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Obama's deficit fix: Tax the rich?
The president's proposal to shrink the federal budget shortfall is expected to feature tax increases for people making more than $250,000 a year
On Wednesday, President Obama is expected to unveil a deficit reduction plan that would raise revenue by hiking taxes on the wealthiest Americans.
On Wednesday, President Obama is expected to unveil a deficit reduction plan that would raise revenue by hiking taxes on the wealthiest Americans.
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n Wednesday, President Obama will unveil a plan to reduce the nation's debt — a plan that will reportedly end tax breaks and loopholes for high-earners and trim defense spending. Though it would also involve changes to Social Security, Medicare, and Medicaid, Obama's approach will represent a clear alternative to the entitlement-slashing proposal released last week by Rep. Paul Ryan (R-Wis.): More taxes vs. fewer benefits. Will Obama's vision of government prevail? (Watch an MSNBC discussion about Obama's proposal.)

This country doesn't need a tax hike: "Didn't we already have this fight?" says Ed Morrissey at Hot Air. And didn't Obama agree to postpone rehashing the argument over higher taxes for the $250,000+ set until the end of 2012? He should have stuck with that plan. We have a spending problem, not a revenue problem. That means tax hikes won't help. In fact, they'll actually hurt the fragile economic recovery — not to mention Obama's re-election hopes.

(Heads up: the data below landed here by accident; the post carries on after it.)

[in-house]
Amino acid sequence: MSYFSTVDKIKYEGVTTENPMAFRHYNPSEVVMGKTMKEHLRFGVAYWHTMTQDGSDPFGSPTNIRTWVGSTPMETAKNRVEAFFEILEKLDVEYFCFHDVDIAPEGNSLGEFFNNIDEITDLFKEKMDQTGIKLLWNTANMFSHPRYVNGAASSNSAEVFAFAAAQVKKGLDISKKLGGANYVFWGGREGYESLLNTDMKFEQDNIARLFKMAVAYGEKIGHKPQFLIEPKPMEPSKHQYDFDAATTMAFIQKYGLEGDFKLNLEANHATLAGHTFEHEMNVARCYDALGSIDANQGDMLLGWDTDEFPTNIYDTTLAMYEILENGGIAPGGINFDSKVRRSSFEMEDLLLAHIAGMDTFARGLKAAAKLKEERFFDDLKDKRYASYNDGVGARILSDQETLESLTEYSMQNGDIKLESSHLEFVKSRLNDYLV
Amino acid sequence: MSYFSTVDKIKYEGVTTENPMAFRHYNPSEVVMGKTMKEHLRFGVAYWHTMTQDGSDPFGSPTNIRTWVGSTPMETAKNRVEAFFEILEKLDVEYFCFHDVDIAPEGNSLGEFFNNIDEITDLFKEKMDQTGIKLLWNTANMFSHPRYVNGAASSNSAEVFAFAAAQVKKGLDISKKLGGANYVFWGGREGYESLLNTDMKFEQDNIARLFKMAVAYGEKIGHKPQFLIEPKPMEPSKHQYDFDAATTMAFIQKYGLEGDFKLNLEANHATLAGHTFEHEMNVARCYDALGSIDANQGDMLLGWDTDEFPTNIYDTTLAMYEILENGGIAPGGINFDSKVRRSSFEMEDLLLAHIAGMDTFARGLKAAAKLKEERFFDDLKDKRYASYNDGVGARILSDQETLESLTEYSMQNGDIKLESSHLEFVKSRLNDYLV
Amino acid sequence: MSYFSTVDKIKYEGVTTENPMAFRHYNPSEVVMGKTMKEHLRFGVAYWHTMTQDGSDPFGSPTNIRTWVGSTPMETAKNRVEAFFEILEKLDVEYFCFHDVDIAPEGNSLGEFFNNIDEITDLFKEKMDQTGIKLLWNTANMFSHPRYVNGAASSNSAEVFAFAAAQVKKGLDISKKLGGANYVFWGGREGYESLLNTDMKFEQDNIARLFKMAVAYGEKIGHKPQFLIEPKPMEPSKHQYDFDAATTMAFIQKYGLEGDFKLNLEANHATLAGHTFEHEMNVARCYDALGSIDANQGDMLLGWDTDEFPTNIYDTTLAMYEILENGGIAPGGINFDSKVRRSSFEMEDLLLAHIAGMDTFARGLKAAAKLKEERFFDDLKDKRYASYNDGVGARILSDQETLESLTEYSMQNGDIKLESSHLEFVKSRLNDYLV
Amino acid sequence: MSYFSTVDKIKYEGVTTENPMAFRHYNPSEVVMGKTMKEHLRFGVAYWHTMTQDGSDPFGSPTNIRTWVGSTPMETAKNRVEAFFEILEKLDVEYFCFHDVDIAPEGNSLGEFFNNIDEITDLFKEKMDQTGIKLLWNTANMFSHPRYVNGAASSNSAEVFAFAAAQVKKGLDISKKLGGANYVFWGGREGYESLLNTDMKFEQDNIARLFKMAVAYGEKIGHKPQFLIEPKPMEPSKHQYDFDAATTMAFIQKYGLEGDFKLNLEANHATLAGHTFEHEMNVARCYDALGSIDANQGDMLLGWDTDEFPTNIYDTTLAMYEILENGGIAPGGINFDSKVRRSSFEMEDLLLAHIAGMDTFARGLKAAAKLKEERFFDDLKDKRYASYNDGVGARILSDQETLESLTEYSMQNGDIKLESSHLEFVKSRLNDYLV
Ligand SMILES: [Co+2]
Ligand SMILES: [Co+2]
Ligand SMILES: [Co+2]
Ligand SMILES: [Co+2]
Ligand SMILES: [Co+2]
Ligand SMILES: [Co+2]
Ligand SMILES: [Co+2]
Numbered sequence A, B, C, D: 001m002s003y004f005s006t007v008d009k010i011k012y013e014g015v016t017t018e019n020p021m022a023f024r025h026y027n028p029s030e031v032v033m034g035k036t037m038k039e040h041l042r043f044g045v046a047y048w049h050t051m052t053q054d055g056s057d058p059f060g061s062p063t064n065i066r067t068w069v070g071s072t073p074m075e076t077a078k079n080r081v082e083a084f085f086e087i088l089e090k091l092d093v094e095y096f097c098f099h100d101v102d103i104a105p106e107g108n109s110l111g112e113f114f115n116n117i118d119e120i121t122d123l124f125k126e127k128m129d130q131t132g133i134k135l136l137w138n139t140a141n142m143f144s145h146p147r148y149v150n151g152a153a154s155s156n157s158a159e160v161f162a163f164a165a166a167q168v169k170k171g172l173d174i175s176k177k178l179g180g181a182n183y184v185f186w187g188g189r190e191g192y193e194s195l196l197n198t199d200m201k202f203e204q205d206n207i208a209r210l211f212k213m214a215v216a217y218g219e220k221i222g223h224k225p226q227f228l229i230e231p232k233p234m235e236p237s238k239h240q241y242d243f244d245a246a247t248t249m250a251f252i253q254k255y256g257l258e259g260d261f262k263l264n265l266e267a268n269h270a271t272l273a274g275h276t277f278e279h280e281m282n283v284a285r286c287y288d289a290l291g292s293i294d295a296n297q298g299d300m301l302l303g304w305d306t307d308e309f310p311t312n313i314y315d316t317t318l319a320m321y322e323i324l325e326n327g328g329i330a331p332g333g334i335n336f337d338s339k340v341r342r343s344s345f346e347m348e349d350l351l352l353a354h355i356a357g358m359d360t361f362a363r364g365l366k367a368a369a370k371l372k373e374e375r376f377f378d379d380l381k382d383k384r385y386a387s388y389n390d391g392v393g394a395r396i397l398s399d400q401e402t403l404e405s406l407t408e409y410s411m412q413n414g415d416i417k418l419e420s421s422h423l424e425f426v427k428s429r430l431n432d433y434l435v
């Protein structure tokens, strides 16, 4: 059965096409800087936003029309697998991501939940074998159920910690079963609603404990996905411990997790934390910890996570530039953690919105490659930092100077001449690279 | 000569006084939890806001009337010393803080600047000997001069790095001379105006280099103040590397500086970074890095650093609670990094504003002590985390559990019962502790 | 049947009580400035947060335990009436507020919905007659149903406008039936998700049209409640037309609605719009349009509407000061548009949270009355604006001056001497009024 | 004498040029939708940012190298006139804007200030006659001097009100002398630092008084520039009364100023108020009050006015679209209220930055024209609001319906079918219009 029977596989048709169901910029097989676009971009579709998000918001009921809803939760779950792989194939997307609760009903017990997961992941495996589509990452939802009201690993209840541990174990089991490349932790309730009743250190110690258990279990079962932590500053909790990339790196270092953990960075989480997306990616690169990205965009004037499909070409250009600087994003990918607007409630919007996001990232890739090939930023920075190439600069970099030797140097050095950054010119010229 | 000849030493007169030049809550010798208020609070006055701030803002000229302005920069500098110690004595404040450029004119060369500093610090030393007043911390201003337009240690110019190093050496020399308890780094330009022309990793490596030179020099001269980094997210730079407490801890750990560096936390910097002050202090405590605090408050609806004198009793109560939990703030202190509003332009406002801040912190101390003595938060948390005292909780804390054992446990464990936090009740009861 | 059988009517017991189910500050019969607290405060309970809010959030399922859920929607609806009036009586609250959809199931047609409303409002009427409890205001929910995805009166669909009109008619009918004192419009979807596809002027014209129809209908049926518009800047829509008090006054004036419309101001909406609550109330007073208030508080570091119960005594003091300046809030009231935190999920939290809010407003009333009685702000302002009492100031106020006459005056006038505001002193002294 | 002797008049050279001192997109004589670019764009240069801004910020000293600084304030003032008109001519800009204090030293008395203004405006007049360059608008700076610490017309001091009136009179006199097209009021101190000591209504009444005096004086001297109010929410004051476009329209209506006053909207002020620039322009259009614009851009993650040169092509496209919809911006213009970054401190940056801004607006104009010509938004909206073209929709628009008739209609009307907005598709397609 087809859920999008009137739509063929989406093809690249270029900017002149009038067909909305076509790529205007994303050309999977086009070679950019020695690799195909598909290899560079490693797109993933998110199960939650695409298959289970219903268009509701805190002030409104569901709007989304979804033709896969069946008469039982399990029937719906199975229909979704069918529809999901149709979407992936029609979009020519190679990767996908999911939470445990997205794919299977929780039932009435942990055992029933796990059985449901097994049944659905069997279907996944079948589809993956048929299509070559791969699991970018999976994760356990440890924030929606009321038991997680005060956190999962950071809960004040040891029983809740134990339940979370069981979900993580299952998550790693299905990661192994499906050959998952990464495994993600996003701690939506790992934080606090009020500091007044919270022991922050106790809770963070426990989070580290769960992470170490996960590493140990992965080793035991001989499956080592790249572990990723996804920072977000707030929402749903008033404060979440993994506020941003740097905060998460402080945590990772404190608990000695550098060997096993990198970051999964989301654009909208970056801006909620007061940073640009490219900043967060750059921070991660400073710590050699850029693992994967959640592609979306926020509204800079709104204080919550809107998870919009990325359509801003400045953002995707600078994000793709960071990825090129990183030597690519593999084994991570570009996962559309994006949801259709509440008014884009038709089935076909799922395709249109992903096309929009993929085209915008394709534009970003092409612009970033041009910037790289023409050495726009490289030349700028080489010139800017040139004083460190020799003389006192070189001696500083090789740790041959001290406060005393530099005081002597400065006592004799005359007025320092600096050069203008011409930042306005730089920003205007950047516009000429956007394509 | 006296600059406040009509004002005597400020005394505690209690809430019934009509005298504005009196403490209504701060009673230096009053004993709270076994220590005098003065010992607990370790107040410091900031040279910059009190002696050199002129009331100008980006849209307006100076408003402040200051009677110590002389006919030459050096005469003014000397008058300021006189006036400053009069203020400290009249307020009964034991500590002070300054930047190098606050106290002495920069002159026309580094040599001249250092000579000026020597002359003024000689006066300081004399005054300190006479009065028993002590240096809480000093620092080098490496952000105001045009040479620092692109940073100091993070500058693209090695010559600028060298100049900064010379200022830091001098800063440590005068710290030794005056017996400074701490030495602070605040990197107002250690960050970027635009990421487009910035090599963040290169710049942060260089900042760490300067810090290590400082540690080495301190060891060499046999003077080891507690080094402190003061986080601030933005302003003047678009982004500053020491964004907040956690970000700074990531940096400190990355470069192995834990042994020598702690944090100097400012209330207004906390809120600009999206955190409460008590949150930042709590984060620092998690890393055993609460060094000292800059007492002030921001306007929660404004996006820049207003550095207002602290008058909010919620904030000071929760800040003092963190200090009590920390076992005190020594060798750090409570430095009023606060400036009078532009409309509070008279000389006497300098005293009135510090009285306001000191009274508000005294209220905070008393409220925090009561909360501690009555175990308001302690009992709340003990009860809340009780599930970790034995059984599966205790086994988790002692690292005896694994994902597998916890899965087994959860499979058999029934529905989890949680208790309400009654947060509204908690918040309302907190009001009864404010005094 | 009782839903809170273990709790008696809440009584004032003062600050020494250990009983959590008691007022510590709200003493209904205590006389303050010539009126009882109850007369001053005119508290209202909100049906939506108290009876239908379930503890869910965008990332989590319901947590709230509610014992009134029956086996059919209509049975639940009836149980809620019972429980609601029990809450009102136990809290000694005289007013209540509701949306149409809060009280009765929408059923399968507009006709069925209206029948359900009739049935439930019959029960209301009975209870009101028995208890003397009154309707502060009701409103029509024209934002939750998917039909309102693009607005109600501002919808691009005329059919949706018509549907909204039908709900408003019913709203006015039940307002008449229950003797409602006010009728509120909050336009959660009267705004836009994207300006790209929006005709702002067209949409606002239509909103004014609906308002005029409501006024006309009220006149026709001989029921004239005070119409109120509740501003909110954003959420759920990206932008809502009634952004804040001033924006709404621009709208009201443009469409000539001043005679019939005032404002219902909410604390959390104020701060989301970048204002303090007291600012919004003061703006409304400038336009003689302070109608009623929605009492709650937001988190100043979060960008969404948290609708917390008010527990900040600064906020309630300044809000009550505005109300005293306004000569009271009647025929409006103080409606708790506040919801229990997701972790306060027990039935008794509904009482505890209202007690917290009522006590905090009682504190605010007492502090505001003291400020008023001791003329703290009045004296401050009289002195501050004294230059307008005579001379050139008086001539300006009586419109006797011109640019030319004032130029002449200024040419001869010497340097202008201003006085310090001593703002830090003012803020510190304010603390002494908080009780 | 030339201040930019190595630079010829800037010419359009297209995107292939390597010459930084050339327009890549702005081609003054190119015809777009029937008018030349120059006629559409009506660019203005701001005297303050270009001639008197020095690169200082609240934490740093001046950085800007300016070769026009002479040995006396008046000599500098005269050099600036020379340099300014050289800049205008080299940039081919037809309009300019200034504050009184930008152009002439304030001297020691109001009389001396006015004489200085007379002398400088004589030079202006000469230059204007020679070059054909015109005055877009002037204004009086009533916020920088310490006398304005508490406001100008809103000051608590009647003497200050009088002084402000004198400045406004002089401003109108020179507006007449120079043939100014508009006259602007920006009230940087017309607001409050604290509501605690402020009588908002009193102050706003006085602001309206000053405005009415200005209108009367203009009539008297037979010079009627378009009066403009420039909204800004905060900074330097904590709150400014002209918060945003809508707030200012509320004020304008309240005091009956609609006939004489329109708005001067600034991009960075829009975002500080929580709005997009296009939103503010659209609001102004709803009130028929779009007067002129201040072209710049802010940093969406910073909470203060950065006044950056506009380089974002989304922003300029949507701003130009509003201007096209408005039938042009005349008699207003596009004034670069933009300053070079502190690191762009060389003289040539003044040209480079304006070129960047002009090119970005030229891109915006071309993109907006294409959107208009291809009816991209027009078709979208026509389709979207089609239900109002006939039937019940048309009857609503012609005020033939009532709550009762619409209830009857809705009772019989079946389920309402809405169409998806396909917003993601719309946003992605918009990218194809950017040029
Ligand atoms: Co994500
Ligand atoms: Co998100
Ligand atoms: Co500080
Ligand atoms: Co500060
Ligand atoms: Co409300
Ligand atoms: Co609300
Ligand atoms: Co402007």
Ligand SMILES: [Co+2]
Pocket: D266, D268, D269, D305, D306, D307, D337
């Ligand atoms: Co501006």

"Obama’s very big, brand-new idea on entitlement reform is ..."

Actually, Obama should veer even farther left: "I feel like I've seen this play before," too, says Jonathan Cohn in The New Republic. Obama starts out with a "a flexible, center-left position," Republicans start with a "rigid, far-right position," like Ryan's, and the "compromise" is somewhere in right field. Ryan is proposing "something truly radical," and not in a good way. If Obama wants this to end up in the center, he can't start there.
"Obama to talk entitlement reform. Gulp"

Both sides need to get real: Obama should focus his speech on "one major goal": No more "phony numbers," says Jonathan Bernstein in The Washington Post. His plan can't have them, and neither can anything from the GOP. Ryan's so-called "serious" plan only works if you believe unserious economic projections from "a friendly think tank." Nothing Obama says will budge public opinion, but it might get "the Beltway elites" to stop giving Ryan unearned "Serious Points."
"Obama should tell GOP: Time to get serious"

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